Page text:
Placebo pills, also known as sugar pills, or other drugs that do not contain active drug ingredients, are mainly associated with control groups for research. The placebo effect is when a person responds to a dose of an inactive substance.
You might assume that if anything, someone who doesn’t have severe pain might be able to feel relief from placebo drugs. But could it help those with genuine and even chronic pain that needs to be managed?
The Placebo Effect
It’s a phenomenon that occurs as a result of the mind-body connection. It can happen when a person thinks they are being treated, and therefore expects that the substance they are ingesting will produce particular effects. This process can then trigger a person to believe that results are occurring, and it’s not entirely in their head contrary to common belief.
Science behind Placebo
The placebo effect can yield physical changes that come about as the brain signals to the body what to expect. Particular studies have shown that placebo pills can have a similar effect to what someone believes is going to happen.
For example, participants who were told that they were being given a stimulant experienced a spike in pulse rate and blood pressure. The same pill was given to alternate participants who were told that it was for sleeping and experienced a decline in blood pressure and pulse.
Could It Work for Pain?
Knowing whether or not a placebo could affect you is not exactly a black and white answer. But a good indication would be the power of your mind and imaginative nature. It’s not that the effects are completely imaginary as they can evoke real changes, but these changes are solely from the mind.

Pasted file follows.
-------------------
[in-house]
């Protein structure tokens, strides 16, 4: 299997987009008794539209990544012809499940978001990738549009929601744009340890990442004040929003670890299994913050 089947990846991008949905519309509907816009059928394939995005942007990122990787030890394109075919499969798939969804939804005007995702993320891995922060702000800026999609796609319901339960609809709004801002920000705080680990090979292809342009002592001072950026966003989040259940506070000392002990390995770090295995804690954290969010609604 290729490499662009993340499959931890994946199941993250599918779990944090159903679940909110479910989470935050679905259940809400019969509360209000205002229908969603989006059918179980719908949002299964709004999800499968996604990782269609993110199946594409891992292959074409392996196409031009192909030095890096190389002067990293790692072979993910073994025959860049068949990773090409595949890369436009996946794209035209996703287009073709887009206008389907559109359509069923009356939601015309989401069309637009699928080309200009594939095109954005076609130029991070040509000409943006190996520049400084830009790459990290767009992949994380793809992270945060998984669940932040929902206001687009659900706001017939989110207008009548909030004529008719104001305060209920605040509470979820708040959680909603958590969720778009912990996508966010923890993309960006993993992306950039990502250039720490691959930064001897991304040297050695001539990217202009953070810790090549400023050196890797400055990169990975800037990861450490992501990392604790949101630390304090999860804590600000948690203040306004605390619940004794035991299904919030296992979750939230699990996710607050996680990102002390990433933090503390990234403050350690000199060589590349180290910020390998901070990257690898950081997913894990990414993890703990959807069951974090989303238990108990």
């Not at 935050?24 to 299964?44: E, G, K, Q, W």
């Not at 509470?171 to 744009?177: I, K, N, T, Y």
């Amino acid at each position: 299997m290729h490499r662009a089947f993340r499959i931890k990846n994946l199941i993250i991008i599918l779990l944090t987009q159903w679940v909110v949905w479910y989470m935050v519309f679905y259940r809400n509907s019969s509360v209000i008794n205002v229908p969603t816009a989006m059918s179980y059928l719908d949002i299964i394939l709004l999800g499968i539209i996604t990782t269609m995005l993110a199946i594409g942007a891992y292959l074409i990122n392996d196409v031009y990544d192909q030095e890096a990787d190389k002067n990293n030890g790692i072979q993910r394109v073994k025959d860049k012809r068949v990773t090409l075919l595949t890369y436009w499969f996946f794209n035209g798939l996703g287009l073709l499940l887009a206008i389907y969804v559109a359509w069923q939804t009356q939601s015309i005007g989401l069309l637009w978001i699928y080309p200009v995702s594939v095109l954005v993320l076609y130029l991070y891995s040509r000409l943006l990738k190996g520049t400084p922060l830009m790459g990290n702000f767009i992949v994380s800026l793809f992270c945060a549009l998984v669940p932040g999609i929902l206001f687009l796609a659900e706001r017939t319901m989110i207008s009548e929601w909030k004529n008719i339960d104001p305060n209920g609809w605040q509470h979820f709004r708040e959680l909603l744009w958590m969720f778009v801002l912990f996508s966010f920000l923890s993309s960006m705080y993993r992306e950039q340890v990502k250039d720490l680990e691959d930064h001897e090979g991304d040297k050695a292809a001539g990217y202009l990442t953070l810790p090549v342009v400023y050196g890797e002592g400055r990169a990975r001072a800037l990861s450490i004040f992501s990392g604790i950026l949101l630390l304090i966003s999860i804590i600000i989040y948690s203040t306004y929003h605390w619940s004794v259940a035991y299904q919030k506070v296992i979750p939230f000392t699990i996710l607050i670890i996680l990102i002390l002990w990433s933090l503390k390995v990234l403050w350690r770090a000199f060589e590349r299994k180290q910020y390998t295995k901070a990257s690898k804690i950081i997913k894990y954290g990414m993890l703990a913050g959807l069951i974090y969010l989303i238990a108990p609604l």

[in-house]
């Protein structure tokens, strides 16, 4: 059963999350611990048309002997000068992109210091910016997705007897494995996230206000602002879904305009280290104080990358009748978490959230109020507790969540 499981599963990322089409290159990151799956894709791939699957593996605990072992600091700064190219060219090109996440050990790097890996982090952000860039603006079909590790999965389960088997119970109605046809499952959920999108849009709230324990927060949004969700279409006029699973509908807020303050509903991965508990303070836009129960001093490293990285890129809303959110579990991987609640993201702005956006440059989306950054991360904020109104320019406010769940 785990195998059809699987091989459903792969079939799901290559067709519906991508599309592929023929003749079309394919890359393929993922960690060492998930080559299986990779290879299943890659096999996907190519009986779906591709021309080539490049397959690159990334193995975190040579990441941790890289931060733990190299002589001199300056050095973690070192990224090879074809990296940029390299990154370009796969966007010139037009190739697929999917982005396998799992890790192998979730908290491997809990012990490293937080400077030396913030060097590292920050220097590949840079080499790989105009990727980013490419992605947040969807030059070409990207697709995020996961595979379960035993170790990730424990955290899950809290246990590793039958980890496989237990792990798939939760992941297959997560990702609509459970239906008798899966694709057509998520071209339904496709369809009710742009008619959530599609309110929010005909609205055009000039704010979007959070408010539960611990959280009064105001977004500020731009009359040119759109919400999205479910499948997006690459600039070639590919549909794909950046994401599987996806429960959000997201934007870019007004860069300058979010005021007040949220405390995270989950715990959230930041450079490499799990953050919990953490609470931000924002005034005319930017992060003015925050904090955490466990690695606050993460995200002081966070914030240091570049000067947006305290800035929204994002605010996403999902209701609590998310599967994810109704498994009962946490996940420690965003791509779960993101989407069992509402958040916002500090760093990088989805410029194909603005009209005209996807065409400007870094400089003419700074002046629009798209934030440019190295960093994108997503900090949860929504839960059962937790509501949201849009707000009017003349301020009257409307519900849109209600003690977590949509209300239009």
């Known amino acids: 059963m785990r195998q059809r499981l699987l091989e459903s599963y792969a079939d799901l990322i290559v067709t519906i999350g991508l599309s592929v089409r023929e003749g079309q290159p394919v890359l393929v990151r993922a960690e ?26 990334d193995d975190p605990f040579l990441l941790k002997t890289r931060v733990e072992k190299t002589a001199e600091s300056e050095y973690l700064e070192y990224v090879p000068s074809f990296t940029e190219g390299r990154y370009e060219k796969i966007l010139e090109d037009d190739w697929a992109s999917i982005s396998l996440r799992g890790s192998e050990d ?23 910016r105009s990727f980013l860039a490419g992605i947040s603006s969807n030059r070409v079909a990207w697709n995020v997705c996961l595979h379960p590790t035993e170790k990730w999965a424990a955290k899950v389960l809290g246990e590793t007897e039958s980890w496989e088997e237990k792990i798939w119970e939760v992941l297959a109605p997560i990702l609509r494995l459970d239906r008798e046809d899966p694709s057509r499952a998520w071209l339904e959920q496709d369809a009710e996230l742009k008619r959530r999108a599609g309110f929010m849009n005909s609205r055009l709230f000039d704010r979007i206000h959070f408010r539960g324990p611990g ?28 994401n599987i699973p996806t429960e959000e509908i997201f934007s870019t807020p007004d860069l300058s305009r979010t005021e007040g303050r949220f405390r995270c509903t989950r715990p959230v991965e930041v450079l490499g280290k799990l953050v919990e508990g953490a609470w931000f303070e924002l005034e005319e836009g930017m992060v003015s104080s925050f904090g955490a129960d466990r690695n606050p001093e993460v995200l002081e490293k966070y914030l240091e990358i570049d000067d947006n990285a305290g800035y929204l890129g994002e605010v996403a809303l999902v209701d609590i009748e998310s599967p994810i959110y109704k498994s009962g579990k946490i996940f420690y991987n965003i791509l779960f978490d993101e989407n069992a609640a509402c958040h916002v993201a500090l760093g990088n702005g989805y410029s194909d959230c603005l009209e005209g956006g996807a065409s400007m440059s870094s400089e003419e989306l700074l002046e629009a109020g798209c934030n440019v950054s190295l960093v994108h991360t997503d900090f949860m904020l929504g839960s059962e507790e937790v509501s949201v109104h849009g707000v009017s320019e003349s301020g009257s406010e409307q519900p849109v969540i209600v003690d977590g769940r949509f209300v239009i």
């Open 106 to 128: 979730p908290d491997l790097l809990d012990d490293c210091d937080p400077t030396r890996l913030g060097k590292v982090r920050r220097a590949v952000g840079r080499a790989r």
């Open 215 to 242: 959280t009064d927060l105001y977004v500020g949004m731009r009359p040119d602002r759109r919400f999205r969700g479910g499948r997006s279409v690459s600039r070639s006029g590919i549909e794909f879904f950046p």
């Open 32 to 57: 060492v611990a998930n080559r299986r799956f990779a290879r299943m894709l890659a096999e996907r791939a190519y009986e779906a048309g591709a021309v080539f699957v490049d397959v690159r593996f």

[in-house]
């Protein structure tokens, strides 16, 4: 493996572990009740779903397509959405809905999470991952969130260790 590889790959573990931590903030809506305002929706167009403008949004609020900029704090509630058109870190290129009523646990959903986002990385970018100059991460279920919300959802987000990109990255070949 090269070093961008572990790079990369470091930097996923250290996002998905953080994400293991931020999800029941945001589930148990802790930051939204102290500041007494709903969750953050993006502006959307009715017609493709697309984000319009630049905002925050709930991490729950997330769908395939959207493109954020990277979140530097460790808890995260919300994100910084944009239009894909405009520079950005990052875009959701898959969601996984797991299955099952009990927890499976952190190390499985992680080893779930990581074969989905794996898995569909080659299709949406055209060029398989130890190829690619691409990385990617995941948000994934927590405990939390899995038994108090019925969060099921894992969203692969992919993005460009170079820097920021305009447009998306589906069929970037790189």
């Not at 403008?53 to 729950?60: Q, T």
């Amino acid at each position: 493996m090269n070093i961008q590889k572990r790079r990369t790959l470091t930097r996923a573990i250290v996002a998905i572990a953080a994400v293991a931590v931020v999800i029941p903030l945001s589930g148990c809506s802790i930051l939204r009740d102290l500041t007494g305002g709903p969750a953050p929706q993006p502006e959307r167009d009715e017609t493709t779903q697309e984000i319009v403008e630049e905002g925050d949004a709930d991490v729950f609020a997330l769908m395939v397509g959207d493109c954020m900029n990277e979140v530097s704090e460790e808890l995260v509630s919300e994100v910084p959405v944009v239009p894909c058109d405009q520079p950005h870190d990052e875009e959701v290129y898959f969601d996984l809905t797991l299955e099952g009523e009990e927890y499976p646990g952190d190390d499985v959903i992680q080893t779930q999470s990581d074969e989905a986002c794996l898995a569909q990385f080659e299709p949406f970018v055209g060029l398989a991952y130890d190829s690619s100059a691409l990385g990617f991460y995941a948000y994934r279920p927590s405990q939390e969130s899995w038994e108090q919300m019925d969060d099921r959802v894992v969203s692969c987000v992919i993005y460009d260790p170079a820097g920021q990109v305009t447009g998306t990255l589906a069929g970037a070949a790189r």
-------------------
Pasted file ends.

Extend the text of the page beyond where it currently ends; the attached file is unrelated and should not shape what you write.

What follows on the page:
That said, this method may not work for everyone. For those who can benefit from it in this way, the placebo effect can cause an increase in the body’s production of endorphins, which could work as a natural pain reliever.
What Science Says
So far, studies suggest that it comes down to a person’s anatomy and psychological characteristics. Professor Apkarian of physiology at Northwestern University Feinberg School of Medicine refers to it as a person whose brain is already primed to respond. He insists that if a person with the ideal traits takes a placebo, there isn’t even a need to keep it covert.
He says that this type of person’s brain will respond simply by being told to do so. With this logic, disclosing that the pill is a placebo doesn’t affect the outcome. Merely telling the participant that they will respond is enough for their brain to signal to the body that it needs to respond.
A Possible Link Between Placebo Efficiency & Emotional Intelligence
A study conducted with patients who reported chronic back pain showed that those who experienced decreased pain from the placebo pills had common characteristics in the brain.
The right side of the brain, where emotions are accessed, was more significant than the left, as well as their cortical sensory area. Also, it was reported that these individuals were more self-aware and emotionally aware of their environment and painful situations.
While research is not conclusive or diverse, there is adequate information to suggest that some individuals might be able to experience pain relief from placebo pills.